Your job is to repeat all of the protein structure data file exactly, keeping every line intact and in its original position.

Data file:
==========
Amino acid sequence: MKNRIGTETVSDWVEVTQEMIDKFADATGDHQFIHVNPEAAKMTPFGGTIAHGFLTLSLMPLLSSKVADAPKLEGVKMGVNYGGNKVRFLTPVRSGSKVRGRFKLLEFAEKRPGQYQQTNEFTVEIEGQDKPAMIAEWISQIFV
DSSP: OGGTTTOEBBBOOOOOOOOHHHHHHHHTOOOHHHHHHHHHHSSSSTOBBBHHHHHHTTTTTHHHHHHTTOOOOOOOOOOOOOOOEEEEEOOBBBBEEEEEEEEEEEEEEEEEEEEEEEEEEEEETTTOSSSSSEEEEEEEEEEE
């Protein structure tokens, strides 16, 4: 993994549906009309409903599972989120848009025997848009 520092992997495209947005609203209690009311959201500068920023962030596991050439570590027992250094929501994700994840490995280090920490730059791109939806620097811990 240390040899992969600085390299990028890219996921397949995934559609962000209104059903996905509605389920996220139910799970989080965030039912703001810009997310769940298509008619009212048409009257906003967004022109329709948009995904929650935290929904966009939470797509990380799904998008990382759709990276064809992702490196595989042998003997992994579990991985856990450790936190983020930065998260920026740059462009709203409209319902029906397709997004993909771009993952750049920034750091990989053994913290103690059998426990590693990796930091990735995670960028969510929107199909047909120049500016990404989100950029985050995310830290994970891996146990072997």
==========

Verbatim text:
Amino acid sequence: MKNRIGTETVSDWVEVTQEMIDKFADATGDHQFIHVNPEAAKMTPFGGTIAHGFLTLSLMPLLSSKVADAPKLEGVKMGVNYGGNKVRFLTPVRSGSKVRGRFKLLEFAEKRPGQYQQTNEFTVEIEGQDKPAMIAEWISQIFV
DSSP: OGGTTTOEBBBOOOOOOOOHHHHHHHHTOOOHHHHHHHHHHSSSSTOBBBHHHHHHTTTTTHHHHHHTTOOOOOOOOOOOOOOOEEEEEOOBBBBEEEEEEEEEEEEEEEEEEEEEEEEEEEEETTTOSSSSSEEEEEEEEEEE
């Protein structure tokens, strides 16, 4: 993994549906009309409903599972989120848009025997848009 520092992997495209947005609203209690009311959201500068920023962030596991050439570590027992250094929501994700994840490995280090920490730059791109939806620097811990 240390040899992969600085390299990028890219996921397949995934559609962000209104059903996905509605389920996220139910799970989080965030039912703001810009997310769940298509008619009212048409009257906003967004022109329709948009995904929650935290929904966009939470797509990380799904998008990382759709990276064809992702490196595989042998003997992994579990991985856990450790936190983020930065998260920026740059462009709203409209319902029906397709997004993909771009993952750049920034750091990989053994913290103690059998426990590693990796930091990735995670960028969510929107199909047909120049500016990404989100950029985050995310830290994970891996146990072997």